"Some of the aspects of this case indicate the need for improved communication between different sections of businesses. Others can learn lessons from this case in relation to supplier and contractor management, as well as internal communications between subsidiaries in the same group. Often it is unclear which part of the business is responsible for taking action, and - where responsibilities are not well defined - it is easy for the parties involved to take insufficient action.
"To prevent this type of incident happening in a complex supply chain, the following recommendations are made:
- Identify at a group and subsidiary level which parts of the business are responsible for what, including risk assessments, safe systems of work, writing staff handbooks, carrying out staff, agency and contractor inductions and providing ongoing training and appointing local safety champions.
- Ensure that risk assessments and near misses / safety concerns are documented and, crucially, that action plans are owned within the element of the business which can implement change at local level and truly understands the hazards and risks involved.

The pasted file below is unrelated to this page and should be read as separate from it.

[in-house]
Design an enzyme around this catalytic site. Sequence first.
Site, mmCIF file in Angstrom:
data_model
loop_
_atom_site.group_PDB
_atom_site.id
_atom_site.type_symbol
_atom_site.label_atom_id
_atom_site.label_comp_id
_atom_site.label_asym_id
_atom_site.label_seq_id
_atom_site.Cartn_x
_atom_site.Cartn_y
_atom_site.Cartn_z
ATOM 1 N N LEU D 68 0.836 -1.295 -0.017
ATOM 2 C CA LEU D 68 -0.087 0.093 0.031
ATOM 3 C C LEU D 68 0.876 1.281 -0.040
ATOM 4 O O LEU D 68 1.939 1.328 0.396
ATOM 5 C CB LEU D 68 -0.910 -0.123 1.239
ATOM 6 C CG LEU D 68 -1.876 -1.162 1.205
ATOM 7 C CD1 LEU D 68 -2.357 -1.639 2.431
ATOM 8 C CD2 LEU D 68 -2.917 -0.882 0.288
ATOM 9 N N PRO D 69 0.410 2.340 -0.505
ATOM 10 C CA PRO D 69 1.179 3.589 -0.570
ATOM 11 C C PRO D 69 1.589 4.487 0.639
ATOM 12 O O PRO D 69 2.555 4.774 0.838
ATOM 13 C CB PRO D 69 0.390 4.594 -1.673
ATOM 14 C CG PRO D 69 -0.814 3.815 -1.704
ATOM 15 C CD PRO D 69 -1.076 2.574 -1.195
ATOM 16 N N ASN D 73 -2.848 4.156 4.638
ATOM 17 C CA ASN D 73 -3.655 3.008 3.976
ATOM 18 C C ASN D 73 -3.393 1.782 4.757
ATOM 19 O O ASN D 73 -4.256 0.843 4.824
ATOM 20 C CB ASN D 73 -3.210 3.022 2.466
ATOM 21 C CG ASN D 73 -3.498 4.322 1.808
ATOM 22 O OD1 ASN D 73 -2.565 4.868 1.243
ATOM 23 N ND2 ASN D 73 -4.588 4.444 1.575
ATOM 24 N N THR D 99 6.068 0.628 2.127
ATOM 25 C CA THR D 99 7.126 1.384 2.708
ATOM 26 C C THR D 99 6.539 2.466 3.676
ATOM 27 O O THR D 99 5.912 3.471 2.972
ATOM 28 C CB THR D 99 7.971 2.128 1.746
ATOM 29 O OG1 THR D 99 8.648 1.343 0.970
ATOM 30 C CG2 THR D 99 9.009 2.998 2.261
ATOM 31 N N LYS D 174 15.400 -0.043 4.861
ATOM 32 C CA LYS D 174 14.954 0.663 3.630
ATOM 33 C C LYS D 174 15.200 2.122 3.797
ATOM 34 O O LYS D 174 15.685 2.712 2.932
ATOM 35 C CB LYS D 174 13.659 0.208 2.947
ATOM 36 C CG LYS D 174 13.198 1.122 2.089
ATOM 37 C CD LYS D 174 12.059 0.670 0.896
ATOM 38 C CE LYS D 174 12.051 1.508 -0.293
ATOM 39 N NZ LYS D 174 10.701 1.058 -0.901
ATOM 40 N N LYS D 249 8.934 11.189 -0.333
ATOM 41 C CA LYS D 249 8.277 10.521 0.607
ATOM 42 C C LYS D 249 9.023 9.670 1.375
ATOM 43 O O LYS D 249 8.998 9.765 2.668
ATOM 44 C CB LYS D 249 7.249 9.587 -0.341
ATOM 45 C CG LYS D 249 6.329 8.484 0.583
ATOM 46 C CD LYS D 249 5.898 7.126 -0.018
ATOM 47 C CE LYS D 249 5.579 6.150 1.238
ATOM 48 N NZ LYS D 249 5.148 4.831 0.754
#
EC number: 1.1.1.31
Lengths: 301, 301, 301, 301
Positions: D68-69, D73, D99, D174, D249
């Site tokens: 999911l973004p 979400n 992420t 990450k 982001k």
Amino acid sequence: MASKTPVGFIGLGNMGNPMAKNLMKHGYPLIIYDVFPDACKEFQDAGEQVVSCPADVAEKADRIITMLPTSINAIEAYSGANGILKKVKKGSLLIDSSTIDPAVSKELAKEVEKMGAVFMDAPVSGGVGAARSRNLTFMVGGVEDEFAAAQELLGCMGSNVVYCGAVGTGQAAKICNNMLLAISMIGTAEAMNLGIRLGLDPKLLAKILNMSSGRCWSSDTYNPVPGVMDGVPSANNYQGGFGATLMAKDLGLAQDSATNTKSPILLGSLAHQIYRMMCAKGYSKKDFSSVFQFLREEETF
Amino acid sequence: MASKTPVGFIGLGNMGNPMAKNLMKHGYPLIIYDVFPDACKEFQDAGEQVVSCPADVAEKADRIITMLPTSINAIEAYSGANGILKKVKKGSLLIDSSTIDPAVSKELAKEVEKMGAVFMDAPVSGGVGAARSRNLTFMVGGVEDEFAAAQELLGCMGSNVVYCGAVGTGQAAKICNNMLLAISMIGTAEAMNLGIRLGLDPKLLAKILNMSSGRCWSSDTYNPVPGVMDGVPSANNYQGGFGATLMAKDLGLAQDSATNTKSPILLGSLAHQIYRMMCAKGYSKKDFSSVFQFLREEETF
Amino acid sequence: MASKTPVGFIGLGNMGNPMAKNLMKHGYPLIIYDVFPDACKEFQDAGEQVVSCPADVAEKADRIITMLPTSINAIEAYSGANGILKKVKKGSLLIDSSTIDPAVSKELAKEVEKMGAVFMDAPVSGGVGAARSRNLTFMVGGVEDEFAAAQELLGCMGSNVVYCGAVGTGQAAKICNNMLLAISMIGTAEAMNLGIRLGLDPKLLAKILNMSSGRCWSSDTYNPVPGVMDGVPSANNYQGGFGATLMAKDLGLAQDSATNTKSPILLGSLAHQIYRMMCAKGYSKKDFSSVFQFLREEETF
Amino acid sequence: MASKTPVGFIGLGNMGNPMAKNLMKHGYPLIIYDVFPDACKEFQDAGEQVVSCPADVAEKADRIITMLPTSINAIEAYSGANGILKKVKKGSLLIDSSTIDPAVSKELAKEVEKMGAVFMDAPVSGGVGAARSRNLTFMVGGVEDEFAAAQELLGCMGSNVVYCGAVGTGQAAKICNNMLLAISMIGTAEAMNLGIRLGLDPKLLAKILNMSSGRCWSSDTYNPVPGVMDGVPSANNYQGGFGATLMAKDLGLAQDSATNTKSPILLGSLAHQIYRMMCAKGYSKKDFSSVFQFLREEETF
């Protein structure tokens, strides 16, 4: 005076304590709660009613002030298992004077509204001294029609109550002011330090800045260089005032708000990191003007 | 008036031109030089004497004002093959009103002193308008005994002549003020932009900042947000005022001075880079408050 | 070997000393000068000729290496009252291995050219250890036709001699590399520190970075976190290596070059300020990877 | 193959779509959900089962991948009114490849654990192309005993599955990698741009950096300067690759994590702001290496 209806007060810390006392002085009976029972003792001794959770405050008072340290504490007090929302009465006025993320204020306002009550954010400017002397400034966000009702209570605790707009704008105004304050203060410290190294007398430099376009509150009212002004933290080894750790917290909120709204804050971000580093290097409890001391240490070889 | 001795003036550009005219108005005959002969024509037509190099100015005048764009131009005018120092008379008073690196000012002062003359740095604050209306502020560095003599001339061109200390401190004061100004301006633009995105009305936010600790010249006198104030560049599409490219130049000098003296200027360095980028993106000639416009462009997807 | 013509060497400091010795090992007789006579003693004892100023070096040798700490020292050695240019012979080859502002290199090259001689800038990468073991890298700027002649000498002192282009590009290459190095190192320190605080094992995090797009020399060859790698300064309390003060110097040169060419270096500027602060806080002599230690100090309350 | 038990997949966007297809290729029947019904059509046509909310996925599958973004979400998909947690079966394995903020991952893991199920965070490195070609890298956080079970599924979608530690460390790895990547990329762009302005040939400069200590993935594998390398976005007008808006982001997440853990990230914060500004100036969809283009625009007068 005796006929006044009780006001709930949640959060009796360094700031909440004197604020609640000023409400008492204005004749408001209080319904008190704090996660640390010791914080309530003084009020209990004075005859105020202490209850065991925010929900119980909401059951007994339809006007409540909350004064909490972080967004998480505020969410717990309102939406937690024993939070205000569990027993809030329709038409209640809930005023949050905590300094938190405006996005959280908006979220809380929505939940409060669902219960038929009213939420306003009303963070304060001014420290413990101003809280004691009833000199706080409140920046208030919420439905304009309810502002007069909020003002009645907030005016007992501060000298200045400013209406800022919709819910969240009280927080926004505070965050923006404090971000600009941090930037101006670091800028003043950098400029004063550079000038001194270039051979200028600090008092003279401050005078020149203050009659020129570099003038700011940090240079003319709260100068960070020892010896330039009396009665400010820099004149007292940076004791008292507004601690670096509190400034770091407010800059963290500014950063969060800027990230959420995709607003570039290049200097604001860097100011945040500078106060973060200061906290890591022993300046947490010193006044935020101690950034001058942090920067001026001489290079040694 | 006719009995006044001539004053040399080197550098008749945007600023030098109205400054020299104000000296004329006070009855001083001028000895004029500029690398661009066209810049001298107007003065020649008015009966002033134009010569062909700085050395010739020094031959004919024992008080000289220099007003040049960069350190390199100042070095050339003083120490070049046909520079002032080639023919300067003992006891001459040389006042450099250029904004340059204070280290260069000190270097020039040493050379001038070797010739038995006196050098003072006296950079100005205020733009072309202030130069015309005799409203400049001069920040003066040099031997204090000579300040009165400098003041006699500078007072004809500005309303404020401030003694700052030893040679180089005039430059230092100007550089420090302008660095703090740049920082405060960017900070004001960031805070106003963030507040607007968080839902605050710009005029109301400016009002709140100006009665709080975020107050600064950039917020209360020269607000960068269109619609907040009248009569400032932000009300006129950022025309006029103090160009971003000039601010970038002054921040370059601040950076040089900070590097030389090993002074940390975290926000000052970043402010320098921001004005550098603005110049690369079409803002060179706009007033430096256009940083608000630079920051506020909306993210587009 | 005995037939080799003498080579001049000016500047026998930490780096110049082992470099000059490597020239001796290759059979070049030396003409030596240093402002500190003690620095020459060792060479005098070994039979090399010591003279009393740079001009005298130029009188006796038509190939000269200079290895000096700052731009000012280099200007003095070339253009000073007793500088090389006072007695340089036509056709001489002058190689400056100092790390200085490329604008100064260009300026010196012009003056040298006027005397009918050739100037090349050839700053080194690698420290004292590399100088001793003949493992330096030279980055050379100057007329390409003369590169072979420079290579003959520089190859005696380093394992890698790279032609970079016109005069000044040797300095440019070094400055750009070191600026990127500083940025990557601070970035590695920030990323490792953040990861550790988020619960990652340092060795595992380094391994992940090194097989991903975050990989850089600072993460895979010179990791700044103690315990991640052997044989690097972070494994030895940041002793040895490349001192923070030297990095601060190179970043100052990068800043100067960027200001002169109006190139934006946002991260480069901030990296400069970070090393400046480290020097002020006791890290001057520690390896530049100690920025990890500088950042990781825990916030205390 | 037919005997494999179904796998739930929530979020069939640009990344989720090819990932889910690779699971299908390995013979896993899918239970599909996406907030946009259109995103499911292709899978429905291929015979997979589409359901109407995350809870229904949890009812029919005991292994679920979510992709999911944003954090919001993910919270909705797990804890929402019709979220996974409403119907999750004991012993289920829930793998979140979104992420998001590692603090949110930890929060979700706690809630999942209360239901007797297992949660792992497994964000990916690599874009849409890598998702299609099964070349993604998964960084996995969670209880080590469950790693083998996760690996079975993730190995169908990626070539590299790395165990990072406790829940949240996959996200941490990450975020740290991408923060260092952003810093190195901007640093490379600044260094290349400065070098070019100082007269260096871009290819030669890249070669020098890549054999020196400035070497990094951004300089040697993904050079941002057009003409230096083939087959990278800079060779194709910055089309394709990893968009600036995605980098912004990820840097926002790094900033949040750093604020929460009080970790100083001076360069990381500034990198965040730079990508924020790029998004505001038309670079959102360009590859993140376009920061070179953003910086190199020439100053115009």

- Ensure that those taking ownership for safety action plans (who is going to do what, by when?) have sufficient budget allocated to make the changes they need, or at least have a defined escalation procedure for asking for justifiable funds to make changes to improve safety (remember, money, time, trouble, effort and sacrifice should always equal the risk and hazard on the risk scales).
- Always remember that going higher up the hierarchy of risk reduction (in this case, removing the stacks from the walkways and reducing the height) is preferable to attempting to deal with a dangerous situation through information, instruction and training and/or PPE."
"The CAV Aerospace board did not act on requests from their local managers or an independent health and safety consultant's advice that a new stacking system was needed, as well as reducing the amount of metal billets stored, before someone got hurt.
"Paul Bowers paid the ultimate price for the company's senior managers ignoring that advice and his death was entirely preventable.
"Company directors and senior managers need to learn from this tragic case and take the right steps to protect their workers."
CAV Aerospace was found guilty of corporate manslaughter following an eight-week trial which started at The Old Bailey on June 1.
The company was also found guilty under the Health and Safety at Work Act of exposing workers to risks to their personal safety.